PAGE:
With a high of 27 degrees and no shade this was one very hot and dry event. How Barbury manages to battle these conditions is with the old established turf, that at least muffles the rock hard ground on this chalk down land.
Since it started 5 years ago, I’ve been to Barbury as a competitor, spectator, guest of a sponsor and even a supplier, and each time I’ve found myself wanting to call Nigel Bunter [Barbury’s Owner] and say “well done but have you thought about…”
There’s so much to love about this event, and considering it’s relatively new you have to be a little forgiving over the things to dislike about the event. Running this event here proves that you don’t need a grand stately home setting to host a great event that draws in the public.
A 3 day programme that included Novice, CIC** and CIC*** provided the perfect blend of competition to satisfy all the audience demographics. I wouldn’t call this an international event yet, but it does have a number of ingredients that could make it so. TV coverage of the event would be so much cheaper to produce than say Badminton or Burghley, needing far fewer cameras to cover the cross country coverage.
The Novice here is quite a stiff track and you need very fit horses to cover this terrain. The novice dressage is held well away from the main event site down on a grass gallop, which gives you a really nice surface and the walk through the fields is breath-taking. They do also provide a shuttle buggy service for the army of supporters, which is a god-send. One of the CIC** sections was also run down here with separate warm up (see video of Andrew Hoy’s leading test), and all worked really well.
The novice showjumping is run on a good sized level piece of pasture inside of the all weather gallops, which is more than can be said for the CIC** jumping that held on a slope above the main area, with the smallest warm up area I have seen at an event.
All of the classes run over pretty much the same terrain and all use most of the permanent complexes as you’d expect, which provides a good and a challenging course. In my view the main water complex needs some investment as this is a very small “trappy” box in the ground that you’re more used to seeing on a schooling field, only here the entrance and exits are drops of maximum height. The whole course is very unforgiving with few alternatives where you’d expect to see them in order to allow completions if someone has a stop at one of the trickier fences. Something you’d expect the technical delegate to have picked up on. I watched a number of horses from each class go through this water complex and the CIC** class in particular found this difficult to navigate without issue, they all either stumbled in or stumbled out. You can see much of this in my Part 2 Video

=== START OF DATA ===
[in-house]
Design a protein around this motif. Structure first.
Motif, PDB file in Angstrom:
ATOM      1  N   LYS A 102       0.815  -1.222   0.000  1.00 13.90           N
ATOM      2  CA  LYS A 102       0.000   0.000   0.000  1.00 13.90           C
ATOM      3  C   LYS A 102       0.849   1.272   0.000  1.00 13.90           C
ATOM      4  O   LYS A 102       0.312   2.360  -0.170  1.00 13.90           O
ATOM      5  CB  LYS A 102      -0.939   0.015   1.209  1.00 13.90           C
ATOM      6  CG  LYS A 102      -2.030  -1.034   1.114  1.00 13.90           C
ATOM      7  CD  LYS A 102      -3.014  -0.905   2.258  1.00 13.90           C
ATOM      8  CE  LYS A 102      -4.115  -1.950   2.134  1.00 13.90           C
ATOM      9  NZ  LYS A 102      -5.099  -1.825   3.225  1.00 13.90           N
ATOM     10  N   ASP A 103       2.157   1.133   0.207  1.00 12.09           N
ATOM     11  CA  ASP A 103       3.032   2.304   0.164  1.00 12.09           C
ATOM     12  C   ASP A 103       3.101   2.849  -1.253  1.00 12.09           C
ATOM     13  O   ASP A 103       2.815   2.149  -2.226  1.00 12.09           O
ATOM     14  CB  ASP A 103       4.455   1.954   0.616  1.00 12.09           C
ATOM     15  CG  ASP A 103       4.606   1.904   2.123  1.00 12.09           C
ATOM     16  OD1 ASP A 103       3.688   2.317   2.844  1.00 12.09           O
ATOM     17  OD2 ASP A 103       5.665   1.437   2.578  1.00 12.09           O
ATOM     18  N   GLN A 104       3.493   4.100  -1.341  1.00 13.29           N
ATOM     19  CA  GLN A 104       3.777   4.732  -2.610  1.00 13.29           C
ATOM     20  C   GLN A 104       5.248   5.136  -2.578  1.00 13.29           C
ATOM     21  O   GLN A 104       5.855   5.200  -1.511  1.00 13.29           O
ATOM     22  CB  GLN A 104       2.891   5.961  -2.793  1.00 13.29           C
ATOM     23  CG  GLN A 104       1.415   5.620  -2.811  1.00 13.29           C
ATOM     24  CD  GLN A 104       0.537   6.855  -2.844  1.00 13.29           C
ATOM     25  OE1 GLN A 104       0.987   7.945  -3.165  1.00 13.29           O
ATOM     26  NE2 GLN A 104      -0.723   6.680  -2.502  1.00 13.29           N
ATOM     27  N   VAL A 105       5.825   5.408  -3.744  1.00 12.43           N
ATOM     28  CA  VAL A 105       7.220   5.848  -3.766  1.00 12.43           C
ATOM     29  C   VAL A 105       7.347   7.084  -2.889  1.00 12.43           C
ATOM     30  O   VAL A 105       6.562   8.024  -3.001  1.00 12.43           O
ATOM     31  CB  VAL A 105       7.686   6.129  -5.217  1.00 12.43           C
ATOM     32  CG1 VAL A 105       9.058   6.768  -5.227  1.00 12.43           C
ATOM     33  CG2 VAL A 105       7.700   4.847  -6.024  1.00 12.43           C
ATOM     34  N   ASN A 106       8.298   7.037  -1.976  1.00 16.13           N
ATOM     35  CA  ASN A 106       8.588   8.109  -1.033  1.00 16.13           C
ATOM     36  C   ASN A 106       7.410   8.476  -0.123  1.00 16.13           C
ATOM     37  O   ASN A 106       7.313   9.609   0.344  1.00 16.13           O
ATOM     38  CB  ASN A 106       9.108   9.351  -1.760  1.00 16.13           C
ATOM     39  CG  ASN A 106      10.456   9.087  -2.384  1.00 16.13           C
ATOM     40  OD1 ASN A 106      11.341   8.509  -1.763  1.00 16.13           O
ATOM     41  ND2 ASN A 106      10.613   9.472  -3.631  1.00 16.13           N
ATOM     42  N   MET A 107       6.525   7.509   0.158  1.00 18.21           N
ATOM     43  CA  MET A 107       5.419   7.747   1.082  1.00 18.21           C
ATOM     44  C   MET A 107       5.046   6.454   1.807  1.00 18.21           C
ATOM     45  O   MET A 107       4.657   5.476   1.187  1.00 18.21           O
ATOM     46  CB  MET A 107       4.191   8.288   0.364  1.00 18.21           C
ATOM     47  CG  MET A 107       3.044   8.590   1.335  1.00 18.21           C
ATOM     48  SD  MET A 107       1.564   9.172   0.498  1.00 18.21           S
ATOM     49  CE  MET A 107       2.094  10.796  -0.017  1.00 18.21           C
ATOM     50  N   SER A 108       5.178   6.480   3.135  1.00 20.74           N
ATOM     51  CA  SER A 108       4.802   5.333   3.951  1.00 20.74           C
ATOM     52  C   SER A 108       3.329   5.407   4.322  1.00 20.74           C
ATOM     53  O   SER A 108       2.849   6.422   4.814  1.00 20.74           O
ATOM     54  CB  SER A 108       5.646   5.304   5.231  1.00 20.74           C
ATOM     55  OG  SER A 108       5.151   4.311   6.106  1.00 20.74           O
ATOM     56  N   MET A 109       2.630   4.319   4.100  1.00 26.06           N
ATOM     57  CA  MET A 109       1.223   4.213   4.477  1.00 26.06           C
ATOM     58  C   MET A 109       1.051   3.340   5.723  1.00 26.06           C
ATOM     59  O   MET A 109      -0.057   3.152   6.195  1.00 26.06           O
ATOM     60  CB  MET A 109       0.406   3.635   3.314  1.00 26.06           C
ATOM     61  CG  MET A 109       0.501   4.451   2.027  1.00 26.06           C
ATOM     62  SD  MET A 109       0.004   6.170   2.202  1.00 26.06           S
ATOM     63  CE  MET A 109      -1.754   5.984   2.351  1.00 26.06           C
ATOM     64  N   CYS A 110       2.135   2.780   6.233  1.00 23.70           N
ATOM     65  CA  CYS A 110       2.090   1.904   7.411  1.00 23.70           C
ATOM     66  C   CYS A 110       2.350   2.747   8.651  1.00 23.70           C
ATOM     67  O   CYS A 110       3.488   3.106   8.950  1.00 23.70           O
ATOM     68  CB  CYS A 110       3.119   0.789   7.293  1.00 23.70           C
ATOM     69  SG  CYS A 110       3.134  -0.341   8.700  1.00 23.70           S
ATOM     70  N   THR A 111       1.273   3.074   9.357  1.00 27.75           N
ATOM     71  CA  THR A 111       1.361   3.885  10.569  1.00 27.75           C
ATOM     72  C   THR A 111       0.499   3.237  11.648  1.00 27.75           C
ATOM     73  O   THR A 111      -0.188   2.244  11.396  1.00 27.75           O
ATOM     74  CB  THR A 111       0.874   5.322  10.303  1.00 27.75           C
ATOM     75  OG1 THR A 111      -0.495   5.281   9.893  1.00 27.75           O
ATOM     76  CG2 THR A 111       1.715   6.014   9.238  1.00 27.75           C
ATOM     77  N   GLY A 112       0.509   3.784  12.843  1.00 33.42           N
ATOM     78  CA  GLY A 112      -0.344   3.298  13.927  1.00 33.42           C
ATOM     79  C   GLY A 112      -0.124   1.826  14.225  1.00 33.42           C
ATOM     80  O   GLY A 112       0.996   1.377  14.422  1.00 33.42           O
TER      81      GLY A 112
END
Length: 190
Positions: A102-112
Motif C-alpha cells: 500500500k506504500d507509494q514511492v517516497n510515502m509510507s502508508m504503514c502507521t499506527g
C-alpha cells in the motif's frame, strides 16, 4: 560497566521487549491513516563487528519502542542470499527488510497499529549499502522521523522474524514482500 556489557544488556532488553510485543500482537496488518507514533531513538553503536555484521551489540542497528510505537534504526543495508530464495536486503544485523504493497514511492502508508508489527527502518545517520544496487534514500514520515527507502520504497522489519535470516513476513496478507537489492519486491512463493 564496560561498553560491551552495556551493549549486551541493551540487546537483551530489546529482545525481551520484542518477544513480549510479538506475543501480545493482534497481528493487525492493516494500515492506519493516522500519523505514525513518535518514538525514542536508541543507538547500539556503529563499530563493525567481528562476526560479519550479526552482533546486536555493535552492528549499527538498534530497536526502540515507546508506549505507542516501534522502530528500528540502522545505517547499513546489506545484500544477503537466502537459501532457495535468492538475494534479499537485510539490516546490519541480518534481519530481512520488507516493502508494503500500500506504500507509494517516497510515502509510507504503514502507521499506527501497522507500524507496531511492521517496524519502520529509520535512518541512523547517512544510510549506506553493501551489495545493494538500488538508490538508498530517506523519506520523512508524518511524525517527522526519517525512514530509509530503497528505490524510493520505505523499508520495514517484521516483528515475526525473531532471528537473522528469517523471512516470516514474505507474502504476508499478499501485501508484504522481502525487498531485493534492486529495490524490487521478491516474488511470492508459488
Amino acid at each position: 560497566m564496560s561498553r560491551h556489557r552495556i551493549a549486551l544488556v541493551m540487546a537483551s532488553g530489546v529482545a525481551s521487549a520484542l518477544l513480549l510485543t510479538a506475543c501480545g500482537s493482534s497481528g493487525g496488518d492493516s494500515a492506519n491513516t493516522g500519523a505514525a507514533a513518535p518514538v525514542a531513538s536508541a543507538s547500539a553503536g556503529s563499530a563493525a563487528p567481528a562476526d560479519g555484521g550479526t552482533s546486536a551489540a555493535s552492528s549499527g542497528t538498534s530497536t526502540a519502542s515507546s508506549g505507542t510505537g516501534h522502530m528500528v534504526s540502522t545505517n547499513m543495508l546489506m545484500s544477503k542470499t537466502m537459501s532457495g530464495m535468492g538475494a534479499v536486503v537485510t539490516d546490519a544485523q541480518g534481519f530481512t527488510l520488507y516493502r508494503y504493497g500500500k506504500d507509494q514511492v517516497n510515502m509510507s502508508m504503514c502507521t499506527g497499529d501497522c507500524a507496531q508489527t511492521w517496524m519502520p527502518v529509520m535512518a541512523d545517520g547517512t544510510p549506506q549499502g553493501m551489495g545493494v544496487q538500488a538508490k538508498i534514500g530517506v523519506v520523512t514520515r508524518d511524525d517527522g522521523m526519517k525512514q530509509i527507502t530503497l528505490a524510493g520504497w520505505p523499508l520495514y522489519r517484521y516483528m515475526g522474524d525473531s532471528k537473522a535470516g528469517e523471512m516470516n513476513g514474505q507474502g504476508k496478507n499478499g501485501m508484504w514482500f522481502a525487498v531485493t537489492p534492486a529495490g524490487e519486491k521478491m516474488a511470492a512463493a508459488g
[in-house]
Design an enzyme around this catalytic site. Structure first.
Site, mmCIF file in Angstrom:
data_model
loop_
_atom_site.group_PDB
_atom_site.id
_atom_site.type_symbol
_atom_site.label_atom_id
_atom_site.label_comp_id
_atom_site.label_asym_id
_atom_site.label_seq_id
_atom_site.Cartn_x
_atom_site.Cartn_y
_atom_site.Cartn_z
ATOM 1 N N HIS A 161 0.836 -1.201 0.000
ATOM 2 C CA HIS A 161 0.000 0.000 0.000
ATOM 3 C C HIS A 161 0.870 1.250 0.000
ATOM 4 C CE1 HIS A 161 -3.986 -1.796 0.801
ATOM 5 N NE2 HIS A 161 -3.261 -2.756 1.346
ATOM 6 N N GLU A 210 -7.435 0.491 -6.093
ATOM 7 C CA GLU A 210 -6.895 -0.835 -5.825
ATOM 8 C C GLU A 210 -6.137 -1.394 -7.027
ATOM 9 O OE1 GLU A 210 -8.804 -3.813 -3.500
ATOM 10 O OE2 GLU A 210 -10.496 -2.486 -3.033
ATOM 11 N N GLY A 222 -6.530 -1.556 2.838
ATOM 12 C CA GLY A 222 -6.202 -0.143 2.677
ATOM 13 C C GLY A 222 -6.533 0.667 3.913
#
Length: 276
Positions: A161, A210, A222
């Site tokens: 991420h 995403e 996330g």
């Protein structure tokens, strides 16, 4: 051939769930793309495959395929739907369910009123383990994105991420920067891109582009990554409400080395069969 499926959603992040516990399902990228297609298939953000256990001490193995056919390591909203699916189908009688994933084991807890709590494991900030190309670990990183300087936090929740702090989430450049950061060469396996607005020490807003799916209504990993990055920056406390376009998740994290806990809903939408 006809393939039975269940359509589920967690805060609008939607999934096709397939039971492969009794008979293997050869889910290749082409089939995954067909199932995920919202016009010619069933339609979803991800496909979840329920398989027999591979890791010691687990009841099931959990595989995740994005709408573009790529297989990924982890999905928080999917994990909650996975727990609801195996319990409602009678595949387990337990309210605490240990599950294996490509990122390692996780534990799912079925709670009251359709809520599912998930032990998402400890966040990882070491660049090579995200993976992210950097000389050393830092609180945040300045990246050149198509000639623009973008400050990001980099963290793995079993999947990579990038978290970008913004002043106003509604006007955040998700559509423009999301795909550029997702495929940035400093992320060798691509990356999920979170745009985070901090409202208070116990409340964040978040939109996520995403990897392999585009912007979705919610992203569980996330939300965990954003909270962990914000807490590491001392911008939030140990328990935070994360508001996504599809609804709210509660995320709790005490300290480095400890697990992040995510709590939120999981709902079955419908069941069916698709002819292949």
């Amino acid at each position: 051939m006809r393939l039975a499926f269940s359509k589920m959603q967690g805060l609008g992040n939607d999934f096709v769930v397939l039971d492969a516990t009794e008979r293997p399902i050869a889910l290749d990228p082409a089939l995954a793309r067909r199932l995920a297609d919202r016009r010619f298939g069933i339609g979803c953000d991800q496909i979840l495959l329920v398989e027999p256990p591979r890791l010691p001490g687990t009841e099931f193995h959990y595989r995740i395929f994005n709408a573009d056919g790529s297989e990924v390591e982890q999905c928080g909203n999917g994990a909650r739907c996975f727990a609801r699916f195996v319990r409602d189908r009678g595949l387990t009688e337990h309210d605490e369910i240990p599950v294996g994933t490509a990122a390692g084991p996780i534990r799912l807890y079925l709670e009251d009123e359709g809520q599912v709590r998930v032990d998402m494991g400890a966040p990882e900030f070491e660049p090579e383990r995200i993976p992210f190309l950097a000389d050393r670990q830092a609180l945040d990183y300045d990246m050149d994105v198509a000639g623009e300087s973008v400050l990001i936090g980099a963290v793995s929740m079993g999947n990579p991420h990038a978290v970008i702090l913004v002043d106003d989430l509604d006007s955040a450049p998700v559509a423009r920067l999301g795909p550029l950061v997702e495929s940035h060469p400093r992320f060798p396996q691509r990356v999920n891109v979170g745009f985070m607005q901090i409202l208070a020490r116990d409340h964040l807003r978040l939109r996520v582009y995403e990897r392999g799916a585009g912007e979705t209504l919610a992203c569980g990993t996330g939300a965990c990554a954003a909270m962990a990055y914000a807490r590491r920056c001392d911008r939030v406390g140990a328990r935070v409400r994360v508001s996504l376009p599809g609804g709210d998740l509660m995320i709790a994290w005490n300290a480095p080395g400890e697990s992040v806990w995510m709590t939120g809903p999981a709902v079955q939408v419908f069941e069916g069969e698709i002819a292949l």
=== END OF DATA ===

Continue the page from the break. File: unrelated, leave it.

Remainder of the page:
I didn’t really find enough time to follow the novice competition closely, but did manage to video one or two riders on the cross country as I walked the CIC** course (see my video round up part 1 below). In the CIC** Andrew Nicholson won one of the sections, and Ruth Edge managed to pick up the other section after the leader, Andrew Hoy, had an uncharacteristic run out on course.
The 3 star was won by Nicola Wilson on Opposition Buzz, and I’m sure she will be trying to talk the selectors round to reconsidering her challenge for a place on the WEG team, and whilst I wouldn’t want to take the spot light away from Nicola, for me the rising star of this event was Emily Llewelyn, less than 1 point behind her in second and 10th on her other horse. If the selectors aren’t talking about her seriously for 2012 then we need to consider how we select the selectors.
Apart from the 3 main classes, there was also an ex-racehorses class run on IN lines with prizemoney of £1,500 to the winner (that’s a lot more than most CIC**s), plus a fantastic trophy. This class came about thanks to the National Trainers’ Federation and their wish to support thoroughbreds in second careers, and what a great way to do it.
An eventers puissance was also run in the main arena, just prior to the start of the main cross country attraction, won by Paul Tapner and after a little encouragement from the commentary maestro, Mike Tucker, there were plenty of oooh’s & aaaah’s from an engaged and growing crowd.
When you’re asking the general public to pitch up and pay it’s important you have a good variety of activities to watch or have a go at. On Sunday there was plenty of other activities to entertain the public particularly the younger children, thanks to the inclusion of the “Wiltshire County Show”, and whilst I didn’t spend a great deal of time up here there were certainly plenty of families enjoying everything from sheep sheering demos to bouncy castles.
This is a growing event, and one I hope manages to turn a profit soon so it can continue to grow and flourish. Whilst I have plenty of criticisms of it’s cross country course and position in the calendar, you can’t help but enjoy the event when you’re there. The fact it is just up the road from home is a welcome bonus.